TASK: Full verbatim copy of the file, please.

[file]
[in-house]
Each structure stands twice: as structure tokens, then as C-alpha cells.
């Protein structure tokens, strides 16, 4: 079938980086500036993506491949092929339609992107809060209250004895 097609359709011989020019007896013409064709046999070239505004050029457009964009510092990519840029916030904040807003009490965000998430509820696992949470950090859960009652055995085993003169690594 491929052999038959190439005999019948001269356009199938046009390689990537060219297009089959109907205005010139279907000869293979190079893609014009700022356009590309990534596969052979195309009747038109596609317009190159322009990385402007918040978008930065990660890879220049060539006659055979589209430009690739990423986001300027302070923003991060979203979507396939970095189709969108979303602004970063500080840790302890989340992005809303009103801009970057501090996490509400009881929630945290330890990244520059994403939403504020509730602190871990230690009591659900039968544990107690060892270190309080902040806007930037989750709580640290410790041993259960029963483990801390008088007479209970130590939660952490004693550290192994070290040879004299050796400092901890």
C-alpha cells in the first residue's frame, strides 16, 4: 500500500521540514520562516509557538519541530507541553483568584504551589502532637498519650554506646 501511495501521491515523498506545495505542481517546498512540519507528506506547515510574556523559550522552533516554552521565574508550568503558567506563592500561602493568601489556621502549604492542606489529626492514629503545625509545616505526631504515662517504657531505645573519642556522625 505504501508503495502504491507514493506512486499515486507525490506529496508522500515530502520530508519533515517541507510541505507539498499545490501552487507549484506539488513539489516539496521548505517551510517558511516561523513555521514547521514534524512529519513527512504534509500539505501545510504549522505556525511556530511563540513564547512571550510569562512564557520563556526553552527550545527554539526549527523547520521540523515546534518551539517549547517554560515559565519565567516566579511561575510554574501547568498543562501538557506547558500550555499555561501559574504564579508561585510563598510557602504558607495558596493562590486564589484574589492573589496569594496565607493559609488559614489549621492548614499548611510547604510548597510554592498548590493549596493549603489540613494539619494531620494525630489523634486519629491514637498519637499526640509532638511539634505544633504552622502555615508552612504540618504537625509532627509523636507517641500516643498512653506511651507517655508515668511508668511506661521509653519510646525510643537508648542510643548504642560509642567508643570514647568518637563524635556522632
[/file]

[in-house]
Each structure stands twice: as structure tokens, then as C-alpha cells.
């Protein structure tokens, strides 16, 4: 079938980086500036993506491949092929339609992107809060209250004895 097609359709011989020019007896013409064709046999070239505004050029457009964009510092990519840029916030904040807003009490965000998430509820696992949470950090859960009652055995085993003169690594 491929052999038959190439005999019948001269356009199938046009390689990537060219297009089959109907205005010139279907000869293979190079893609014009700022356009590309990534596969052979195309009747038109596609317009190159322009990385402007918040978008930065990660890879220049060539006659055979589209430009690739990423986001300027302070923003991060979203979507396939970095189709969108979303602004970063500080840790302890989340992005809303009103801009970057501090996490509400009881929630945290330890990244520059994403939403504020509730602190871990230690009591659900039968544990107690060892270190309080902040806007930037989750709580640290410790041993259960029963483990801390008088007479209970130590939660952490004693550290192994070290040879004299050796400092901890």
C-alpha cells in the first residue's frame, strides 16, 4: 500500500521540514520562516509557538519541530507541553483568584504551589502532637498519650554506646 501511495501521491515523498506545495505542481517546498512540519507528506506547515510574556523559550522552533516554552521565574508550568503558567506563592500561602493568601489556621502549604492542606489529626492514629503545625509545616505526631504515662517504657531505645573519642556522625 505504501508503495502504491507514493506512486499515486507525490506529496508522500515530502520530508519533515517541507510541505507539498499545490501552487507549484506539488513539489516539496521548505517551510517558511516561523513555521514547521514534524512529519513527512504534509500539505501545510504549522505556525511556530511563540513564547512571550510569562512564557520563556526553552527550545527554539526549527523547520521540523515546534518551539517549547517554560515559565519565567516566579511561575510554574501547568498543562501538557506547558500550555499555561501559574504564579508561585510563598510557602504558607495558596493562590486564589484574589492573589496569594496565607493559609488559614489549621492548614499548611510547604510548597510554592498548590493549596493549603489540613494539619494531620494525630489523634486519629491514637498519637499526640509532638511539634505544633504552622502555615508552612504540618504537625509532627509523636507517641500516643498512653506511651507517655508515668511508668511506661521509653519510646525510643537508648542510643548504642560509642567508643570514647568518637563524635556522632